Andersen reported that some doctors, including Dr. Paul Magarelli at HQA Fertility Centers in Colorado, are aggressively undercutting market prices, offering IVF for less than $6,000.
"Bargain hunting for babies, picking out fertility treatments like you would sandwich fixings at Costco, may raise a few eyebrows. But it's time to change how we think about infertility — because 10 to 12 percent of women will struggle with it," Andersen wrote.
Under the Affordable Care Act, pregnancy and childbirth is one of the 10 essential benefits that all health insurance policies must cover.
Getting pregnant, however, is not part of the deal.
More than 1 in 10 American women who are trying to conceive meet the standard for infertility: not being pregnant after one year of unprotected sex.
According to HuffPost, 15 states have laws requiring insurers to cover infertility diagnosis and treatment, but only five — Illinois, Massachusetts, Rhode Island, Connecticut and New Jersey — require that policies cover IVF.
Many insurers cover only artificial insemination, in which sperm is implanted in a woman's uterus or cervix.
A March study from Washington University School of Medicine in St. Louis showed that women using IVF were more likely to conceive if their health insurance covers the procedure. But with Republicans seeking changes to national health care policy that could end mandatory maternity coverage, infertility coverage is not likely to improve anytime soon.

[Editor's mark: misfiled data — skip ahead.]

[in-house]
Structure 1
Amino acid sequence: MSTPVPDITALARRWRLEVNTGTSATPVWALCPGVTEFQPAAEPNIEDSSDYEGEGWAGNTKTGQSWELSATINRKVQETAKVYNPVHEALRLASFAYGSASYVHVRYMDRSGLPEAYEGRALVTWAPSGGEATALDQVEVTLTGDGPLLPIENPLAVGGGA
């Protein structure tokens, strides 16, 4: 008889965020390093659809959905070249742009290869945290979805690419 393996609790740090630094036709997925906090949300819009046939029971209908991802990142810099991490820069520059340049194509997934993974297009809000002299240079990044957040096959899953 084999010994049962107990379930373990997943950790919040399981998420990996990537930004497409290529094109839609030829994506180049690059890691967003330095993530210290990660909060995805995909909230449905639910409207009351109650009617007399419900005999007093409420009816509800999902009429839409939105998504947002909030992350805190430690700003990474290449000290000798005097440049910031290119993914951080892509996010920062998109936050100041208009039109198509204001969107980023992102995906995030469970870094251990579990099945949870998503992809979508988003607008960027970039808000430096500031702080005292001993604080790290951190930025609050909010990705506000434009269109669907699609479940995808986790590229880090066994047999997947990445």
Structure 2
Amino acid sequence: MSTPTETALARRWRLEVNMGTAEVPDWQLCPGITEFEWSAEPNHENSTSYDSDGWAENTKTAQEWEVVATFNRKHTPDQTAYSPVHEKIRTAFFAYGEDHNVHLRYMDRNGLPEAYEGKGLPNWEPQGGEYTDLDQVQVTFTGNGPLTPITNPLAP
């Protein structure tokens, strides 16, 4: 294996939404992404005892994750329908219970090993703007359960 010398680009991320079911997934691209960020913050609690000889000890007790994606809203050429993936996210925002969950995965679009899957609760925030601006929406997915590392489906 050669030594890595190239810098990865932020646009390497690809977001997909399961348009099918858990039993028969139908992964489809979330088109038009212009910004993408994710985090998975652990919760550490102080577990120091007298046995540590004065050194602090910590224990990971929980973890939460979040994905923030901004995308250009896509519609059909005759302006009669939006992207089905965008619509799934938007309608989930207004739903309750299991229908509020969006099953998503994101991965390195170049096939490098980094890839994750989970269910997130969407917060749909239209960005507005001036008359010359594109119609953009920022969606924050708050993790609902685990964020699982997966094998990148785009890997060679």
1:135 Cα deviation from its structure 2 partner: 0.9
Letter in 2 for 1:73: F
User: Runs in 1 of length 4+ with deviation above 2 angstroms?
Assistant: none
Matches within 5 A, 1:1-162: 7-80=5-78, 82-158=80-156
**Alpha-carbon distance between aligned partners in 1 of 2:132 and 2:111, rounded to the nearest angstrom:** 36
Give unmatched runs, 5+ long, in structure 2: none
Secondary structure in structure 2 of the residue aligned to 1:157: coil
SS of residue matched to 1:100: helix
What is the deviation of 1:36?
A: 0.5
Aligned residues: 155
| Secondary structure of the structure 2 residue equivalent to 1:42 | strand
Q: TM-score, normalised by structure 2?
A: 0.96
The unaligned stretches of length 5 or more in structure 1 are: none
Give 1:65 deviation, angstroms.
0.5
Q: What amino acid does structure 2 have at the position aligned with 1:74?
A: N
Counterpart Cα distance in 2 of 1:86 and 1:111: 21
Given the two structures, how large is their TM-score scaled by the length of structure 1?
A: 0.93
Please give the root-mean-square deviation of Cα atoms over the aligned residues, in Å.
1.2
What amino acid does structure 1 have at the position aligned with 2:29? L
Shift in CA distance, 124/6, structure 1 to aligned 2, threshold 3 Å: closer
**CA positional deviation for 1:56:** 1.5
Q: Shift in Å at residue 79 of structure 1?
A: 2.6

However, some companies are helping their employees pay for the procedure, even if the companies don't want to talk about it, according to a report in MarketWatch.
In the MarketWatch story, written by Sarah Elizabeth Richards, the president of an infertility advocacy nonprofit called Resolvesaid that the group wanted to give an award to a "fertility-friendly company" but was turned down by eight companies that qualified.
"I can't even tell you how shocked I was. I wanted to say, 'We want to tell the world how awesome you are.' Some of them had the most amazing benefits, but they didn't want to make them public," Barbara Collura said.
The website FertilityIQ outed some of the companies, anyway. Its list of "best companies to work for as a fertility patient," included Bank of America, Boston Consulting Group, Spotify, Discovery Communications, Chanel, Conair and Johnson & Johnson.
Starbucks got only an honorable mention.
That doesn't deter Iagullis, who left Starbucks after getting pregnant and will likely return when she wants to have more kids.
This creates another ethical issue surrounding IVF, in addition to the dilemma of what couples should do with leftover embryos: Is it wrong to work for a company only long enough to get a benefit you want?
Starbucks, which also offers employees up to $10,000 to help them adopt, benefits from the policy, too, said Craig Garthwaite, who teaches at Northwestern University's Kellogg School of Management, to CBS.
"In the end, Starbucks is a for-profit, publicly traded company. They're not doing this out of the goodness of their heart; this is part of a cohesive strategy they have for how to attract and retain talent and also to advertise to their customers that they are 'a good company,' one that you want to spend a certain amount of money buying coffee at when you could get that coffee potentially cheaper somewhere else."